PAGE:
A Tradition and a Gift
Yvonne Healy ’75 keeps age-old Irish stories alive onstage
According to Irish legend, when visitors to Blarney Castle kiss a magical stone, they are endowed with the gift of gab—a special talent for storytelling and other verbal feats. Yvonne Healy ’75, a nationally recognized storyteller in the Irish tradition, may have kissed the Blarney Stone, but she credits her family for her onstage abilities. For her, it all goes back to those special nights in her small western Pennsylvania hometown, when her father, a traveling salesman, would return home from a long trip. The family would celebrate, playing piano and dancing, and her father would tell stories.
Healy, who came to the United States from Ireland with her family as a baby, became the appointed heir of the family storytelling tradition. “My father taught me stories phrase by phrase and line by line,” Healy says. “I had to repeat them and pronounce them properly, because that’s how they’d been passed down in his family. We’ve always been talkers.”
In high school and college, however, Healy hid her Irish roots. “It was something I tended to keep quiet as a teen, because you don’t want to be singled out,” she explains. In fact, Healy doubts that many of her classmates at Swarthmore knew that she grew up speaking Irish at home.
At Swarthmore, Healy met Brendan Kennelly, the Irish poet and novelist, then a visiting professor. She befriended him and his wife, even babysat their daughter. It was a mentorship in cultural pride. “He actually made me feel glad to be from Ireland, which I hadn’t been before,” Healy says. “This was during the Troubles [in Northern Ireland]. Being at a Quaker school during the Vietnam War, I was very conflicted about identifying with Ireland.”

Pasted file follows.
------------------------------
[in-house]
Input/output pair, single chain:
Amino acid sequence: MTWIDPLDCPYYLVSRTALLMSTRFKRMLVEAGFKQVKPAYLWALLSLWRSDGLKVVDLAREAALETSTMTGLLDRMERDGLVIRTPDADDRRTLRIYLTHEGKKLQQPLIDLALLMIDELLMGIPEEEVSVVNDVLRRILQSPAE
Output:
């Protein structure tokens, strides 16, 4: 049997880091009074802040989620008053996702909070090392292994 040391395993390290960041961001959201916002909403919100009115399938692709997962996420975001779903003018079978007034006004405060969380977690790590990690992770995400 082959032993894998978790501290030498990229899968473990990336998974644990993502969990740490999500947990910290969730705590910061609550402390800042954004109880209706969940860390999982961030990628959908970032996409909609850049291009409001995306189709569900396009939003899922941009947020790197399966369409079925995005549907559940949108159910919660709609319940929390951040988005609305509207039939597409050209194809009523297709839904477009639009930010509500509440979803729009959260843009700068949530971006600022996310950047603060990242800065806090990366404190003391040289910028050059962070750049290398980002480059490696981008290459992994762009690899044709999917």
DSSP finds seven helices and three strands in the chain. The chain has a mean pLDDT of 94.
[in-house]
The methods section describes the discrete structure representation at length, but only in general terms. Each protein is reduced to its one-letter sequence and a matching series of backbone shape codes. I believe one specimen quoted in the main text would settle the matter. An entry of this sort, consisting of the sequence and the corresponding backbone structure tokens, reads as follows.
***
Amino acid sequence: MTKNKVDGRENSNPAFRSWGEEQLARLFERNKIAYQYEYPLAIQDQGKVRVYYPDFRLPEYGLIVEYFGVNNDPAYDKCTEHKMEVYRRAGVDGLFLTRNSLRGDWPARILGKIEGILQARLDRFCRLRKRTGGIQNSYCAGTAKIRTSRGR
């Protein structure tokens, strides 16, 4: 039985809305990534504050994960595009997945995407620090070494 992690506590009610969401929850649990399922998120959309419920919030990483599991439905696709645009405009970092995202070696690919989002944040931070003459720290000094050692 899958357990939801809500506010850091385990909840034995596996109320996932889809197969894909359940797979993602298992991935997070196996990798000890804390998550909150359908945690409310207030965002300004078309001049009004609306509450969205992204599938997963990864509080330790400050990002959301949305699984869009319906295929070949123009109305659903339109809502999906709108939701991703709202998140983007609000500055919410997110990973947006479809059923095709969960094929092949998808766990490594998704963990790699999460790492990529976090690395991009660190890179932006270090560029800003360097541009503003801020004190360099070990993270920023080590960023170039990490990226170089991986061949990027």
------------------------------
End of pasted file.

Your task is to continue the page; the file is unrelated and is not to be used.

After graduation, Healy pursued an acting career in New York. She had a recurring role on the soap opera As the World Turns, playing a character called Nurse Spencer—no first name—as well as many roles off-off-Broadway and in political theatre. However, after 15 years as a professional actress, she retired to devote her time to raising a family, eventually moving to Michigan.
Healy never planned to launch a second career in traditional Irish storytelling. It just slowly began to happen. First she led workshops at her church, then at other churches, then with schools, synagogues, and other institutions. She began asking for money for gas, then requesting a professional fee. Eventually, word of her infectious onstage enthusiasm spread across Michigan and beyond. She has now performed in 24 states as well as Ireland, England, and Canada.
Healy is proud to be a part of what she sees as a resurgence of Irish-American interest in Irish history and culture. “It used to be it was pretty much just the dance and the music,” she says. “Now you’ve got people actually finding out about history after and before the famine.”
One of Healy’s favorite stories to tell is about Oisín in the Land of the Young: A young man leaves Ireland for a magical land in the West where the streets are paved with gold, not realizing that each year spent in this enchanted land equals 100 in his home country. When he tries to return, he finds that all his friends and family are long gone.
The story reminds Healy of her father and of her own attempts to reconnect to her ancestral history. “That story is the basis of a lot of the longing to go back that has been passed down among Irish-Americans. It’s not just nostalgia. It’s a deep, archetypical myth of the culture,” she says.
Last year, Healy was invited to the North American Gaeltacht for the Oireachtas Festival, a celebration of traditional Irish culture. There, she was presented with a medal and certificate for telling stories in Irish by Liam O Maolaodha, director of Ireland’s Oireachtas na Gaeilge. She gave the certificate to her father, who is now 91.
“He was of the constructive-criticism mode growing up,” Healy says of her father. “There was always something that could be improved on. A lot.” When he saw her award, he finally told her that she knew more about Irish storytelling than he did.
“He was very proud,” Healy says. “And he said it out loud, which meant a lot.”